The world lost a true visionary of horror when Wes Craven passed away earlier this year. However, I have a confession to make: until it came time to review this movie, I had never seen a Wes Craven movie. Now, before you start asking why, it’s the reason a lot of people probably have: I didn’t like scary movies when I was little. Plus, the movie in question is rated R, so my parents wouldn’t have been keen on showing me a film that would have likely given me nightmares as a child. Or rather, this movie might have scared me so much that I’d have trouble sleeping, because decades before Christopher Nolan made a movie about how complex dreams can be, Wes Craven made a movie about how terrifying dreams can be. The movie I’m talking about, of course, is the 1984 slasher flick that defined a genre, A Nightmare on Elm Street. And what did I think? Well, even though I knew a bit about the plot going in, there were some moments that were genuinely frightening; when the movie wasn’t scaring me, it was making me feel for the characters and their hopeless situation, and when it wasn’t doing that, it was showing me some very over-the-top ways of killing off its main characters with some rather impressive special effects. Bottom line, I’m glad I didn’t see this movie as a kid, but I’m glad that I’ve seen it now.
The film centers around four teenagers, Nancy (Heather Langenkamp), Glen (Johnny Depp, in his film debut), Rod (Nick Corri), and Tina (Amanda Wyss), and the nightmares they all experience involving a burned man (Robert Englund) with blades on his right fingers and whose injuries and wounds appear on their bodies in the real world when they wake up. One by one, they are either murdered or almost murdered, prompting the survivors to try and figure out the mystery behind this Freddy Krueger character and his connection to the neighborhood before he kills them in their dreams, thus killing them for real.
The actors all do a great job, especially the teenaged actors who have to deal with Freddy. Heather Langenkamp was particularly notable for her performance as Nancy, and has to carry much of the film’s runtime on her shoulders, something that she does phenomenally. You can see Nancy’s slow descent into near-madness as she questions whether or not she’s really being haunted by Freddy or if she’s simply going crazy. Ronee Blakley, who plays Nancy’s mother Marge, while a little annoying at times, really had some great scenes with Nancy, especially the scene in which she revealed the truth about Freddy Krueger to her daughter. They emphasized Marge’s alcoholism to almost a cartoonish degree, but it was understandable, given the situation she was in. Freddy is terrifying, as he should be; he almost seems like a force of nature himself, unyielding in his pursuit of these four teenagers. It really feels like a nightmare that you cannot escape, and that, quite honestly, made a little tougher for me to get to sleep the other night.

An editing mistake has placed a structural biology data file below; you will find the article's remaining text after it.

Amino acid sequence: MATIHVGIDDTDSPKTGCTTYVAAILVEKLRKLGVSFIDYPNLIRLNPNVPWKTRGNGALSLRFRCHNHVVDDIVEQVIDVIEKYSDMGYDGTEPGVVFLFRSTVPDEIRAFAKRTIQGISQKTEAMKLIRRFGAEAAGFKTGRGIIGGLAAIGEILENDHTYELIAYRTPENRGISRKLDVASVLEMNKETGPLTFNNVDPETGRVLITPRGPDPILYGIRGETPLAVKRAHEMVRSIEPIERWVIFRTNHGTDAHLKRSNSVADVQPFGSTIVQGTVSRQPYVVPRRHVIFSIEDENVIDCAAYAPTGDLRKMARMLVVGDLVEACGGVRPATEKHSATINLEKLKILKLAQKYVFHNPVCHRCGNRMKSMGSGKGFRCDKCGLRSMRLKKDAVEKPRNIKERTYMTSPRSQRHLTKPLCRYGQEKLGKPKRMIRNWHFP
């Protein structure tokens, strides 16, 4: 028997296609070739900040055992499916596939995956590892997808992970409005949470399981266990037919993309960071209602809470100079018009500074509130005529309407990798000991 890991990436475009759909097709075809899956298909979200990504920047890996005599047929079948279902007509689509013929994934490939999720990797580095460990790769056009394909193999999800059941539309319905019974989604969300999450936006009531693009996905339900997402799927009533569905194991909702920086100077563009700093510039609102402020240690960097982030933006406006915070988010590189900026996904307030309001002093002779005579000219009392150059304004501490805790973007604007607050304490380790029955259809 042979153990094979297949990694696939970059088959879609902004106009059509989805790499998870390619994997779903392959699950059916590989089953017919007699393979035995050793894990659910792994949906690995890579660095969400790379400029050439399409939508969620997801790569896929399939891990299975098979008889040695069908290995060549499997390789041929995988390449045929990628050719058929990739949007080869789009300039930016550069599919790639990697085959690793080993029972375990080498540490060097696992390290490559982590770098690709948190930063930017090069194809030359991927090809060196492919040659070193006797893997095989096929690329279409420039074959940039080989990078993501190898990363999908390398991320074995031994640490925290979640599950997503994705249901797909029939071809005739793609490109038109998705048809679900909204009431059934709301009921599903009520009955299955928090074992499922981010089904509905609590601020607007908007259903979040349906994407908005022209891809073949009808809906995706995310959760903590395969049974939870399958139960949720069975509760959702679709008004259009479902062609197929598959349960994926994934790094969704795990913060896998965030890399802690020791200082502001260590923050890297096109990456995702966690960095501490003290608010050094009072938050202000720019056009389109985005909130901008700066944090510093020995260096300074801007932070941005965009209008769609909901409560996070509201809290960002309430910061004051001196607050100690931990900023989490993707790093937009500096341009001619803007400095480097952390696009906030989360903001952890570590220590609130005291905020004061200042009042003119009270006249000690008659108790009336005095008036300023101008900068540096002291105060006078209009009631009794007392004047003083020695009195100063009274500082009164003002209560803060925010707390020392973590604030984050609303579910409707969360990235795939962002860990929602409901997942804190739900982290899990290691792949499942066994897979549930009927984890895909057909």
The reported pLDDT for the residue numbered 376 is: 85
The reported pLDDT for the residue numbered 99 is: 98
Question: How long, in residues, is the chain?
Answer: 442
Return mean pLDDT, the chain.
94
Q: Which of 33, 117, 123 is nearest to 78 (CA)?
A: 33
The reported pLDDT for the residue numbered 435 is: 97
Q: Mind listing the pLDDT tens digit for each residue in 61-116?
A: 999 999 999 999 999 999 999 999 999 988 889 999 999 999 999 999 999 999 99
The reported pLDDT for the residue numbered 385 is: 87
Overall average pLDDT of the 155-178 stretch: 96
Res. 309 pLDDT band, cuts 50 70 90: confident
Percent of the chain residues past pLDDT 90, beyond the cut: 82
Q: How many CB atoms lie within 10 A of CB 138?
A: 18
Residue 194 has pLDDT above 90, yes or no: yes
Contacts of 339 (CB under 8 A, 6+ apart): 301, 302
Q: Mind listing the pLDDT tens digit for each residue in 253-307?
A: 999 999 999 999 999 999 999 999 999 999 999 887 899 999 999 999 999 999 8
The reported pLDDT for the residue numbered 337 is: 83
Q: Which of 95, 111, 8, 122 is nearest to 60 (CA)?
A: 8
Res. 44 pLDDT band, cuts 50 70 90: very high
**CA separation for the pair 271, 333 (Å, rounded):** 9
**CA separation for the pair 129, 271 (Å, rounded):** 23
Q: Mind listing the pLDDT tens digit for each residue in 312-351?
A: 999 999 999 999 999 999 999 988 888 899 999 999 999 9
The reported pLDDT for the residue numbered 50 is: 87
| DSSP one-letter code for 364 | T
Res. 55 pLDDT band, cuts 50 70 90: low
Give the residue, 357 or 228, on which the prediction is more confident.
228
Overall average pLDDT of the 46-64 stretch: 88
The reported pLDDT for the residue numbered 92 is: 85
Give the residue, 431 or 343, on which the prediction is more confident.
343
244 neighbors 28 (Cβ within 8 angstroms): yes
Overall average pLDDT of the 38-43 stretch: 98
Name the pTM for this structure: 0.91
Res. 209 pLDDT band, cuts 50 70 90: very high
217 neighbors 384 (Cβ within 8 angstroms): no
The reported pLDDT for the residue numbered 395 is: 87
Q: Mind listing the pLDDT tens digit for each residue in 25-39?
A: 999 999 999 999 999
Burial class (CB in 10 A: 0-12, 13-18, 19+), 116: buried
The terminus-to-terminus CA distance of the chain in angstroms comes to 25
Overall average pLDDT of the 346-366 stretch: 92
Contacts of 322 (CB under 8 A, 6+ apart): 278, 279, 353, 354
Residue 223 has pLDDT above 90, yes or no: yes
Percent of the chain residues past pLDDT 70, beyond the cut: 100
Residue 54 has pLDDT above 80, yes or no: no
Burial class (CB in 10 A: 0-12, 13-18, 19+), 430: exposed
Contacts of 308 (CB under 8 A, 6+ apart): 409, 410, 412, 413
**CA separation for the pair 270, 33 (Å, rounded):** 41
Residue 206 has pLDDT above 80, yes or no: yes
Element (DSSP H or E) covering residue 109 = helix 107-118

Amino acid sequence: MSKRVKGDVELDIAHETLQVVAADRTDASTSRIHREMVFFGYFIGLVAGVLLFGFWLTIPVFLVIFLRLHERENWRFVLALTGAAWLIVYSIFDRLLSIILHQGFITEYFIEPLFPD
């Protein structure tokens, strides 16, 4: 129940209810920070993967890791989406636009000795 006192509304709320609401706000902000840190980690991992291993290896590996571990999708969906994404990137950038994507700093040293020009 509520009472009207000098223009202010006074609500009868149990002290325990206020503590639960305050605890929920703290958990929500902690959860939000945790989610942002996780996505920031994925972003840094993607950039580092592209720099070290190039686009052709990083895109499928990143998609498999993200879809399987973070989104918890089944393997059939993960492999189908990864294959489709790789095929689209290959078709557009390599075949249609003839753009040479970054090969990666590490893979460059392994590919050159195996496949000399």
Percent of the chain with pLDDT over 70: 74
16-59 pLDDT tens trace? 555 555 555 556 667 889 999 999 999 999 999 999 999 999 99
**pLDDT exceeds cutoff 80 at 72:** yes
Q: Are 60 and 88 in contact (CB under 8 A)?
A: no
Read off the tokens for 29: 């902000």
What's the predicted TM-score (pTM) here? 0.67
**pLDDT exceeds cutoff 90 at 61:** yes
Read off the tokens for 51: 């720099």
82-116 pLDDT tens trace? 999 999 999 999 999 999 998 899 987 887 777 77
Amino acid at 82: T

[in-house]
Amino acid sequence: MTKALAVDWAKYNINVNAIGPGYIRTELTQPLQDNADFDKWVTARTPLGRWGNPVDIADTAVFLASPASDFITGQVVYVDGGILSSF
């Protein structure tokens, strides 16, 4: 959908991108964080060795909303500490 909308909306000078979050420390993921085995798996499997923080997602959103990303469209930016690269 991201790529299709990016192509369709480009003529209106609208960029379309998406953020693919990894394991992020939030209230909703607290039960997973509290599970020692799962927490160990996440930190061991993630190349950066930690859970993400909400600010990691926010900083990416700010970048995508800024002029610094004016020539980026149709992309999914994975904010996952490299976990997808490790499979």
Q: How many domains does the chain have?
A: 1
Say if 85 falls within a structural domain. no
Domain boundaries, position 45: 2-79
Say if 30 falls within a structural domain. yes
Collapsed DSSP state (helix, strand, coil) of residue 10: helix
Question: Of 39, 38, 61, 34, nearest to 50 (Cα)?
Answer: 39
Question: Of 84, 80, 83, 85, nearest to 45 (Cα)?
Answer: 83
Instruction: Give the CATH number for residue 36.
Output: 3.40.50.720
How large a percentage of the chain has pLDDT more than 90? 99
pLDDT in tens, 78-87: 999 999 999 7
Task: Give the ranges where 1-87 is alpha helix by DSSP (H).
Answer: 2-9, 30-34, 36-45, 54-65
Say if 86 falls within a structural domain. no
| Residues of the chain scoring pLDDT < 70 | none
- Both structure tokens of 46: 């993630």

The special and practical effects are all great, with a lot of said effects going into Freddy and his murders. Things like a phone that sprouts a mouth and tries to make out with one of the main characters is creepy and well-timed to get a quick scare out of the audience. Other effects make Freddy really look and feel otherworldly, which adds to the creepiness you feel when he’s onscreen.
This being a slasher film, there is blood galore in this movie, though not as much as I personally expected going in. Sure, the first murder is creepy as hell as the victim is slashed and dragged along the ceiling, but other than that and a few other scenes, the amount of blood and gore is actually not as much as one would expect from a horror film. Maybe that’s just an indication of what you could get away with back in the 80s being fairly tame by today’s standards.
One of the things that I really liked about this film was that I was sometimes unsure whether or not the characters were awake or dreaming; this is nothing new nowadays, but I haven’t seen too many films that play around with the idea of dreams in such depth. Little hints and big reveals show the audience and the characters whether or not it’s just a dream, and you know that if they’ve gone off to dream land, Freddy is right around the corner.
I don’t know what else I can say about this horror classic. If you haven’t seen A Nightmare on Elm Street yet, this Halloween is the perfect opportunity to do so; don’t lose sleep over it anymore.
Written by Joey Sack